The toppled president of Kyrgyzstan defied calls to resign Thursday after a bloody people's uprising as the country's new rulers announced plans for elections and the disbanding of parliament.
Kyrgyzs gather to mourn revolt victims on central square in Bishkek, Kyrgyzstan, Friday, April 9, 2010.
As Russia and the European Union pledged support to an interim administration that took power after a nationwide revolt, the man chased from power after a five-year rule warned that the country faced catastrophe.
Although the exact whereabouts of Kurmanbek Bakiyev were unknown, he released a statement insisting that he would not throw in the towel.
"Today Kyrgyzstan is on the brink of a humanitarian catastrophe," he said in the statement on local news website 24.kg, considered his Internet mouthpiece.
"I declare that as president I have not abdicated and am not abdicating responsibility," he added.
Ex-foreign minister Roza Otunbayeva, who has been declared interim leader, said Bakiyev had fled the capital and was trying to rally support in a southern stronghold after a revolt against his rule which left at least 75 people dead.
But she said fresh presidential elections would be held in six months time as she secured support from the Russian government, still the key foreign player in the former Soviet republic which also hosts a US airbase.
A health ministry official told AFP 75 people had been killed and over 1,000 injured in the riots which swept the central Asian republic on Wednesday, although a senior opposition figure put the death toll at more than 100.
Kyrgyzstan has been plagued by corruption and chronic instability and the uprising was the culmination of growing opposition anger fuelled by widespread fraud and irregularities in last year's presidential polls.
The country's interim interior minister ordered looters to be shot on sight, after major pillaging that accompanied the riots, including of Bakiyev's residence where everything from radiators to plants was taken.
As UN Secretary General Ban Ki-moon called for the re-establishment of constitutional order and announced he was sending an envoy to the country, Otunbayeva appealed for calm and told the armed forces to refrain from force.
"The president is trying to consolidate his electorate in the south, in order to continue defending his positions," Otunbayeva said at a news conference. "The (interim government) insists that he stands down."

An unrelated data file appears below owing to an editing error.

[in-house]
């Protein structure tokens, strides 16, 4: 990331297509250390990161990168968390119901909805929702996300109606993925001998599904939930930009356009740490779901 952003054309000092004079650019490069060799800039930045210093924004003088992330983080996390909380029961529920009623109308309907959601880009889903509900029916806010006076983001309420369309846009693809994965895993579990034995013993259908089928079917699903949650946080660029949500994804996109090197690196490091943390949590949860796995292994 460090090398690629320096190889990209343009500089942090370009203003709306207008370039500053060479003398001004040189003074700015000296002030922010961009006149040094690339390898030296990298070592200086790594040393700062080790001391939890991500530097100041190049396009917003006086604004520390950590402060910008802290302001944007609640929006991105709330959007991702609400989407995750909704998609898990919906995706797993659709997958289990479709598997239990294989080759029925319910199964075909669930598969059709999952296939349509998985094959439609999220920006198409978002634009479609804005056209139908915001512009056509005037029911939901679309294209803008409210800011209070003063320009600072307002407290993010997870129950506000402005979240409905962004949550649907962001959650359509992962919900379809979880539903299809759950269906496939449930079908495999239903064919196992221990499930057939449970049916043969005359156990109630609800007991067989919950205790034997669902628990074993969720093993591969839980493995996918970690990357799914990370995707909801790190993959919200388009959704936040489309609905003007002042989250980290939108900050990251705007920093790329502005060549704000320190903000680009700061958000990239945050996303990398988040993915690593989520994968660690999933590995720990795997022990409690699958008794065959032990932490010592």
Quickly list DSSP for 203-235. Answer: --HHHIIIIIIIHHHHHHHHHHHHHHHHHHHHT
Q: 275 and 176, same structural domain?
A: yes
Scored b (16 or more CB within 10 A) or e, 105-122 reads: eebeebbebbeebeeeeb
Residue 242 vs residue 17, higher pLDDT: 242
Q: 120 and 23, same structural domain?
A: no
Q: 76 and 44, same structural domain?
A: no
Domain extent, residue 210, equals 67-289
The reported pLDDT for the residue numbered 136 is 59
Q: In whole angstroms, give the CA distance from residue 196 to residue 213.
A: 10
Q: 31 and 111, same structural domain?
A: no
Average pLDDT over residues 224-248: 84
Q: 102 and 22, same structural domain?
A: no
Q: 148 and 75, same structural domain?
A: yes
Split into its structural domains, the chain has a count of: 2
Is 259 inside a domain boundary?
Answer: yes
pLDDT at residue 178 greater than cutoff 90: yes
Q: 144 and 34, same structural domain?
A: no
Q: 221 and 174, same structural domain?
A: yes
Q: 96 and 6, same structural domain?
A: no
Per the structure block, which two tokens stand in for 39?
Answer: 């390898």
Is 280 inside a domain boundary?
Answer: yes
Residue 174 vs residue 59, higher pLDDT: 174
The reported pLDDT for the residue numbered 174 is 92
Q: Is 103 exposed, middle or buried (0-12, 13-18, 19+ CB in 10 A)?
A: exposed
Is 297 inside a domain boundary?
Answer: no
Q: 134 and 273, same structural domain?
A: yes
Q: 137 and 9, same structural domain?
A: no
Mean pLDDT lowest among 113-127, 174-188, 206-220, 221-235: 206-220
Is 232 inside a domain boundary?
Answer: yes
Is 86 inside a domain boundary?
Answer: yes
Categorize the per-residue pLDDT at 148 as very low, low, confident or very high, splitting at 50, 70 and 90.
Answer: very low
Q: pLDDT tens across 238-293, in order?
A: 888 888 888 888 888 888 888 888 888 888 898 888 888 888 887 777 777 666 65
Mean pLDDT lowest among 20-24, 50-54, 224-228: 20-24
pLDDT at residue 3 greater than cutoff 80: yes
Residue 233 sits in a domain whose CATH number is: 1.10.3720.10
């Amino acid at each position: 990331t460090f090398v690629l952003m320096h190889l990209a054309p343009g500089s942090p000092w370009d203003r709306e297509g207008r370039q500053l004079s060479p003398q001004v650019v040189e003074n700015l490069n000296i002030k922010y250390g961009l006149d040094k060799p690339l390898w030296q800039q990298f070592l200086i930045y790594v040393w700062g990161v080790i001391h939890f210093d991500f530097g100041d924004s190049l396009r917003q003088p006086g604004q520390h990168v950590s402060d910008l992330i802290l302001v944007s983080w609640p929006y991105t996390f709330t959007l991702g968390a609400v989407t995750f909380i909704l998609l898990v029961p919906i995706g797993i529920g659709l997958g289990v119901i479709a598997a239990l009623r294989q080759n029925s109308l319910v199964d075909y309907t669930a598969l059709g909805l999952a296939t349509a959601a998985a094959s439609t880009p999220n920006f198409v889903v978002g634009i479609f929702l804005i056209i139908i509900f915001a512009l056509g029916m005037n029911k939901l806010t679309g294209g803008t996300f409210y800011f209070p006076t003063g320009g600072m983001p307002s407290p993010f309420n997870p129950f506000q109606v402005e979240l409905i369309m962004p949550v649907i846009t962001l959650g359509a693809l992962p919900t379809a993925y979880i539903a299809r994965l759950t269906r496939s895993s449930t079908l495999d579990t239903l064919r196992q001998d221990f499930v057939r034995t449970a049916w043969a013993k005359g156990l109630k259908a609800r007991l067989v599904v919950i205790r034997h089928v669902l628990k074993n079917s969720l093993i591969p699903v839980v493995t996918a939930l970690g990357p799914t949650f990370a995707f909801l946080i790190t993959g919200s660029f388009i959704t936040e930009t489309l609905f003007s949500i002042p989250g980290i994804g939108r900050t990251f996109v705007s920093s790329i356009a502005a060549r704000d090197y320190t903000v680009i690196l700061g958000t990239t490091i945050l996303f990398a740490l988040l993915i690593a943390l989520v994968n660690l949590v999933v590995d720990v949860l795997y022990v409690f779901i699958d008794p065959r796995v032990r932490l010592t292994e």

The parliament, she added, would be disbanded and the provisional government would temporarily perform the duties of both the president and parliament.
"Before the new parliament is elected the provisional government assumes its duties," Otunbayeva added.
General Ismail Isakov, who has taken over as interim defence minister, said key military leaders had pledged their allegiance to the new government.
"The army has moved entirely to our side," Isakov said.
Otunbayeva said a US airbase outside Bishkek which is seen as vital to the NATO campaign in nearby Afghanistan would remain open despite the power shift.
But careful not to upset Moscow, she also spoke by phone with Russian Prime Minister Vladimir Putin, who in turn offered aid.
"Putin noted that... Russia has always provided and remains ready to provide necessary humanitarian aid to the people of Kyrgyzstan," Dmitry Peskov, spokesman for the Russian premier, told AFP.
The European Union also said it was ready to provide urgent humanitarian assistance as it appealed for calm.
"A rapid return to public order is essential to avoid further loss" of life, EU foreign affairs chief Catherine Ashton said.
Ban, who has just returned from the region, said it was "time to work urgently to establish constitutional order."
Nikolai Makarov, the Russian military's chief of staff, said an extra 150 elite paratroopers were being sent to its military base just outside Bishkek.
Makarov said the extra troops were being sent to the base to help ensure security for Russian military personnel and their families already based there.
In fierce clashes in Bishkek on Wednesday, security forces had fired live bullets into the air as between 3,000 and 5,000 protestors overturned cars and set them on fire. Similar scenes were seen throughout the country.
Looters also ransacked the home of Bakiyev's family, enraged by evidence of the first family's lavish lifestyle in one of the poorest countries to have emerged from the 1991 breakup of the Soviet Union.
"The authorities robbed the people, now it's the people who are stripping the authorities," said Nurali Baimatovich, a school headmaster, as he watched the looters carry off their trophies.
Russian President Dmitry Medvedev said the unrest was an internal issue but acknowledged the sense of popular resentment.
"This is Kyrgyzstan's internal affair, but the form the protest took showed ordinary people's extreme outrage at the existing regime," he said.